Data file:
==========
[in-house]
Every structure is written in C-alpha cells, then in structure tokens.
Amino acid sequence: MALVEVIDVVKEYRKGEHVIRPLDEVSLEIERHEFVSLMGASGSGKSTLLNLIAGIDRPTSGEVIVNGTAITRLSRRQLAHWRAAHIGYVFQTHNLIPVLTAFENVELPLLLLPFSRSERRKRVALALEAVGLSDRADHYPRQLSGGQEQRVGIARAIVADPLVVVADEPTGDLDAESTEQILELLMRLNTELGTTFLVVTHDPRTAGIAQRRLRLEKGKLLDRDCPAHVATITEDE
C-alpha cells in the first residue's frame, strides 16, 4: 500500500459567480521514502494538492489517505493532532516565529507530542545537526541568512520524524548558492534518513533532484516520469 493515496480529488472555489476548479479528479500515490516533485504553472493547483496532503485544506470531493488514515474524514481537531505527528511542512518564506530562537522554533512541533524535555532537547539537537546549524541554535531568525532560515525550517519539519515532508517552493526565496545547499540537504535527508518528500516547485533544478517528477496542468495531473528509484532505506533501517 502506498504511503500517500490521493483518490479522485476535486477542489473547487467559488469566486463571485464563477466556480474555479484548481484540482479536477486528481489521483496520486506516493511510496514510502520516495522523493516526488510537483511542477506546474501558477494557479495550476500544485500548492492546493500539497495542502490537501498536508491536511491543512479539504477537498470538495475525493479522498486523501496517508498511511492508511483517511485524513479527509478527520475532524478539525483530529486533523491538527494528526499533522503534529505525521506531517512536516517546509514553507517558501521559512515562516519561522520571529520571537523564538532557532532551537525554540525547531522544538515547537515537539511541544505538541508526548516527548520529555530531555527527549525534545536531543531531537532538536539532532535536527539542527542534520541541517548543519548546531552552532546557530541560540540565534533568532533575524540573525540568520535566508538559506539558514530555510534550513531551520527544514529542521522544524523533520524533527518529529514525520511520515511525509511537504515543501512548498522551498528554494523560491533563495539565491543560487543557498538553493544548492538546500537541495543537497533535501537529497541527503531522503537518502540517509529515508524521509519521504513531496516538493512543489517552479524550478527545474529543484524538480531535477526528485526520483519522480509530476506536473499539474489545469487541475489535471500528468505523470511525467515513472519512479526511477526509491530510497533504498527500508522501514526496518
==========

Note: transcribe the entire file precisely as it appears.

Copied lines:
[in-house]
Every structure is written in C-alpha cells, then in structure tokens.
Amino acid sequence: MALVEVIDVVKEYRKGEHVIRPLDEVSLEIERHEFVSLMGASGSGKSTLLNLIAGIDRPTSGEVIVNGTAITRLSRRQLAHWRAAHIGYVFQTHNLIPVLTAFENVELPLLLLPFSRSERRKRVALALEAVGLSDRADHYPRQLSGGQEQRVGIARAIVADPLVVVADEPTGDLDAESTEQILELLMRLNTELGTTFLVVTHDPRTAGIAQRRLRLEKGKLLDRDCPAHVATITEDE
C-alpha cells in the first residue's frame, strides 16, 4: 500500500459567480521514502494538492489517505493532532516565529507530542545537526541568512520524524548558492534518513533532484516520469 493515496480529488472555489476548479479528479500515490516533485504553472493547483496532503485544506470531493488514515474524514481537531505527528511542512518564506530562537522554533512541533524535555532537547539537537546549524541554535531568525532560515525550517519539519515532508517552493526565496545547499540537504535527508518528500516547485533544478517528477496542468495531473528509484532505506533501517 502506498504511503500517500490521493483518490479522485476535486477542489473547487467559488469566486463571485464563477466556480474555479484548481484540482479536477486528481489521483496520486506516493511510496514510502520516495522523493516526488510537483511542477506546474501558477494557479495550476500544485500548492492546493500539497495542502490537501498536508491536511491543512479539504477537498470538495475525493479522498486523501496517508498511511492508511483517511485524513479527509478527520475532524478539525483530529486533523491538527494528526499533522503534529505525521506531517512536516517546509514553507517558501521559512515562516519561522520571529520571537523564538532557532532551537525554540525547531522544538515547537515537539511541544505538541508526548516527548520529555530531555527527549525534545536531543531531537532538536539532532535536527539542527542534520541541517548543519548546531552552532546557530541560540540565534533568532533575524540573525540568520535566508538559506539558514530555510534550513531551520527544514529542521522544524523533520524533527518529529514525520511520515511525509511537504515543501512548498522551498528554494523560491533563495539565491543560487543557498538553493544548492538546500537541495543537497533535501537529497541527503531522503537518502540517509529515508524521509519521504513531496516538493512543489517552479524550478527545474529543484524538480531535477526528485526520483519522480509530476506536473499539474489545469487541475489535471500528468505523470511525467515513472519512479526511477526509491530510497533504498527500508522501514526496518